I don’t know if Evernote is indispensable as I don’t remember working without it. It’s installed on each of my computers and every reinstall of Windows since 2005…
Evernote3 has only made life easier, simpler, with syncing in the cloud. It’s the goodness of never having to chose between storing stuff on this computer, that computer, on your Flash drive or in the cloud: it’s and, not or. And Evernote does the transparent heavy lifting of all that synced goodness.
Evernote can store images (and yes, index and search text in those images…) and PDF files (which, again, it can index and search too). So I didn’t take out my notetaker walllet to copy down the addition to the opening times of the nearby swimming pool; I snapped a photo with the low-res CMOS camera built-in to most cellphones today and emailed it to my Evernote account.
Likewise my copy of Leo Babauta’s Zen to Done has been drag-and-dropped into Evernote and is thus available to me anywhere at any time.
However, as it goes with these kind of improvements, they make you long for more. That longing rises quickly when you attempt to drag a non-image, non-PDF into Evernote.
Can’t be done.
Adobe Acrobat to the Rescue
Having been on the fence whether to continue to use a patchwork of alternative solutions or buy Adobe Acrobat, I interpreted the recently-ish release of Acrobat 9.0 as a sign that I should buy a copy.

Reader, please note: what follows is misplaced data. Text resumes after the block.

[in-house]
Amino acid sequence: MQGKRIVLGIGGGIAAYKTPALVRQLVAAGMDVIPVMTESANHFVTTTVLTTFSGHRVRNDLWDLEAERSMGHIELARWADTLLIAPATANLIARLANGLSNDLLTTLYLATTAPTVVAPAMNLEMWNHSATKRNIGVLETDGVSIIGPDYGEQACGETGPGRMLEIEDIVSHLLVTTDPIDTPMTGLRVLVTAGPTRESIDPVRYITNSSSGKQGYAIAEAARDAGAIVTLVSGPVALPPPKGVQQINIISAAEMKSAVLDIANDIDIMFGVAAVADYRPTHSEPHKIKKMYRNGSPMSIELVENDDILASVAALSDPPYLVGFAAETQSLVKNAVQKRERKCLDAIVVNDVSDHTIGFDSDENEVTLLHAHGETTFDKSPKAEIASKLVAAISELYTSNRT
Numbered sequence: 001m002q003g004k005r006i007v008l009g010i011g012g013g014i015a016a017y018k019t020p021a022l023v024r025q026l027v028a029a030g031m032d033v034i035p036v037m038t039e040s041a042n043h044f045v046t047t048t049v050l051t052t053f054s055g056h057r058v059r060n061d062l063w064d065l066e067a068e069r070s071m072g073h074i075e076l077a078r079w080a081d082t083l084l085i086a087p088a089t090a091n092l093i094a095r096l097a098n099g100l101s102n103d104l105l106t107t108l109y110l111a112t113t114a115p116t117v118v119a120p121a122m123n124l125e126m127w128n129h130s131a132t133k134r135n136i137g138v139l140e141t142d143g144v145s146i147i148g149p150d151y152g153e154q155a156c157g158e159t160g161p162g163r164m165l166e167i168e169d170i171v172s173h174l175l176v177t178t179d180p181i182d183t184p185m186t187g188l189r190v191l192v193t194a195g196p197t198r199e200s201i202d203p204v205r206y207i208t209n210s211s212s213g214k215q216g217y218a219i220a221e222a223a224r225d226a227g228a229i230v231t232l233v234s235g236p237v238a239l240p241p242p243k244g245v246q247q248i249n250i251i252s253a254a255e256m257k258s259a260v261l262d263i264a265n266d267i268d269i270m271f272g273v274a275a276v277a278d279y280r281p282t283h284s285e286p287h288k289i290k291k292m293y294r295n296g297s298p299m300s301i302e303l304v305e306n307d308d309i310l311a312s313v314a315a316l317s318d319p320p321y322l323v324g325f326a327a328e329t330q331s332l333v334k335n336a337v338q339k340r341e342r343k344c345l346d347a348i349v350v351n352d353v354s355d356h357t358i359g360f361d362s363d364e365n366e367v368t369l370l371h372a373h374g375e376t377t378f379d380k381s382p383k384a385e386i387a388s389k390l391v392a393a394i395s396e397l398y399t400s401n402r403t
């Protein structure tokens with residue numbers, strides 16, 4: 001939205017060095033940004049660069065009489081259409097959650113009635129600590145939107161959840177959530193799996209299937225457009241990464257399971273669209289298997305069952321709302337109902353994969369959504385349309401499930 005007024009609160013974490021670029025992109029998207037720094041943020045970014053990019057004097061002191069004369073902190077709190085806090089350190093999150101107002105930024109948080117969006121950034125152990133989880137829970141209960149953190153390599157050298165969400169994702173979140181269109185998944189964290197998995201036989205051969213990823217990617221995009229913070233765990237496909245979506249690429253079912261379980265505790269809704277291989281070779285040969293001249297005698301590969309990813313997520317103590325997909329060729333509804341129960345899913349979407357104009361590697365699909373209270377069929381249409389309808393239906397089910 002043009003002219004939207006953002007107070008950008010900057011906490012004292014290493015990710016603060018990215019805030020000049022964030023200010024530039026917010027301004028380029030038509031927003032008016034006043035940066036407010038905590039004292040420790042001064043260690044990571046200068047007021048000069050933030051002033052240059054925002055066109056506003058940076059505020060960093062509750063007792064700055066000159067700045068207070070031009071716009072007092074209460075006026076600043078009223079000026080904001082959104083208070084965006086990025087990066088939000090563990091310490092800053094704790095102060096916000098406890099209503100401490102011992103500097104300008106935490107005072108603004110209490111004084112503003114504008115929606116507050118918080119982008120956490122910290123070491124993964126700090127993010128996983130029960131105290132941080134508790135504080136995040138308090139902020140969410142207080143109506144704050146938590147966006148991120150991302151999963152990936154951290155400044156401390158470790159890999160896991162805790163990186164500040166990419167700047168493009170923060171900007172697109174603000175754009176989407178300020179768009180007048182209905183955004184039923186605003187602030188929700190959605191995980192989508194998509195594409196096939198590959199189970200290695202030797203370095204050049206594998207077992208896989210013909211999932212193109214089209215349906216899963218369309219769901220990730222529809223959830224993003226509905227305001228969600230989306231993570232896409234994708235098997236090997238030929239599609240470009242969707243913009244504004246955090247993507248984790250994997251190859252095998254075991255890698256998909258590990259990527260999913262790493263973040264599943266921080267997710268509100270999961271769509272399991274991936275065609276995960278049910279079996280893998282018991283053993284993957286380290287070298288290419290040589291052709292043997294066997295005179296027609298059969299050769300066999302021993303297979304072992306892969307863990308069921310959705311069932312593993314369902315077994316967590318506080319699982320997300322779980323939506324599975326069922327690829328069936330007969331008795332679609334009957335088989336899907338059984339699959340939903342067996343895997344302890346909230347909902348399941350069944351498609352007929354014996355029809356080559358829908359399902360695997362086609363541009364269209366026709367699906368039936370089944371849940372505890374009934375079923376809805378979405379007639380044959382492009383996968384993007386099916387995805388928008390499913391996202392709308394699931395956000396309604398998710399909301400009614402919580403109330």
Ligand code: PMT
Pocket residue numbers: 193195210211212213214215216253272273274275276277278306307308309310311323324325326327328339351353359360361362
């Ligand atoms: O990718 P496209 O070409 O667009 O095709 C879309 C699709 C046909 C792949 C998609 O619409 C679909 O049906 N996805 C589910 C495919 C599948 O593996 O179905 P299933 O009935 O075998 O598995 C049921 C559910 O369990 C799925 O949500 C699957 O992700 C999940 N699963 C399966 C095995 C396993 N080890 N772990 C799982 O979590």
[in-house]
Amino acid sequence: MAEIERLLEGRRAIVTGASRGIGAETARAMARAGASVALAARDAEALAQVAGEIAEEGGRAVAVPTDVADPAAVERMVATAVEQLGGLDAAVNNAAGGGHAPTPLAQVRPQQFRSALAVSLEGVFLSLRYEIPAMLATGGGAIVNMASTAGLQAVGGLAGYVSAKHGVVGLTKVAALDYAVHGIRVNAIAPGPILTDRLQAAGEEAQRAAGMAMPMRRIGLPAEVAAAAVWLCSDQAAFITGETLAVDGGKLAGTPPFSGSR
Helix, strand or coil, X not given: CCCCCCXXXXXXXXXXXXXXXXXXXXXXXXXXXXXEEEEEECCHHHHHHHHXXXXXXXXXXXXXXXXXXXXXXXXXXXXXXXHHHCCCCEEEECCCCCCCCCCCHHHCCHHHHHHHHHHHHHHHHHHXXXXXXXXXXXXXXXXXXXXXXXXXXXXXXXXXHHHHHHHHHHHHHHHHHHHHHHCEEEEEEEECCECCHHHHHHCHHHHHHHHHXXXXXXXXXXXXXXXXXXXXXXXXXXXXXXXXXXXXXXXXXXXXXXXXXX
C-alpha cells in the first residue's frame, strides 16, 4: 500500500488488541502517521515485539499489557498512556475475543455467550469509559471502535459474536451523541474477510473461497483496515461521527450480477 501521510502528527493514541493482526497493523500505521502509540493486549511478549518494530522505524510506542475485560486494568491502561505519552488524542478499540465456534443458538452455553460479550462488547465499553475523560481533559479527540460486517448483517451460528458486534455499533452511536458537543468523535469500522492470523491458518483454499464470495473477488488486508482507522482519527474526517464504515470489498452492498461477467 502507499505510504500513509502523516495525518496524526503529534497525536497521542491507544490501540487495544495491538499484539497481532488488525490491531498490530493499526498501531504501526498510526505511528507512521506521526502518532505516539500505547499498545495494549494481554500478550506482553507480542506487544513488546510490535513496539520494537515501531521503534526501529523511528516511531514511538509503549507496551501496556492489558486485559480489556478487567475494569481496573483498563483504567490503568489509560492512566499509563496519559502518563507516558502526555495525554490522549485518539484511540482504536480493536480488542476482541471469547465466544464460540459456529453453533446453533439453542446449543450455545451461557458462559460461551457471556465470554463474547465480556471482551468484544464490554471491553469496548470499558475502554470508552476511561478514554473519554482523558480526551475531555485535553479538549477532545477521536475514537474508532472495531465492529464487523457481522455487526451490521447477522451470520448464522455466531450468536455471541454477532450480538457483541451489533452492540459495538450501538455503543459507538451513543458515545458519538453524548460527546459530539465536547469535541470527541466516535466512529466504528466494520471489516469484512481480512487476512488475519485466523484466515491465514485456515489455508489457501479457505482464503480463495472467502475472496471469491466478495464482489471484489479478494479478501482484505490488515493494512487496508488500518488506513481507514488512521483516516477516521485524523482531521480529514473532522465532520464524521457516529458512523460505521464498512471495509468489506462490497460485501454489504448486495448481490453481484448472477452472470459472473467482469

Ever since I’ve been playing around with the program, liking my new software toy very much — thank you — and turning just about anything into PDF’s. Our Husky now scurries away when he sees me approach.
One of the things I came across is the ability to create a PDF Portfolio. A PDF Portfilio is a PDF-ish file that can contain other files: images, Word files, Excel, video, etc. etc. …
You see where this is going to go, right?
Create a PDF Portfolio
Except for the reader-only version, obviously, any edition of Adobe Acrobat 9.0 can create PDF Portfolio’s.
Open your copy and go for Create -> Assemble a PDF Portfolio.
Grab a file and drag-and-drop it to the PDF Portfolio screen.
If you want you click on the file name to change that. Or click under the file name to add a description to that file.
You can switch to the esthetically more pleasing list view too. Adobe Acrobat Pro and Pro Extended can also apply templates to how these PDF Portfolio’s look and behave. Brian S. Friedlander’s Assistive Technology has a good entry on creating PDF Portfolio’s in Adobe Acrobat Pro (Extended).
The created PDF Portfolio, containing your files, can be dropped into Evernote and will be synced with and through the cloud.
Even when (if?) Evernote adds native file sharing, using PDF Portfolio’s in a very elegant way to move and share files which should be kept together.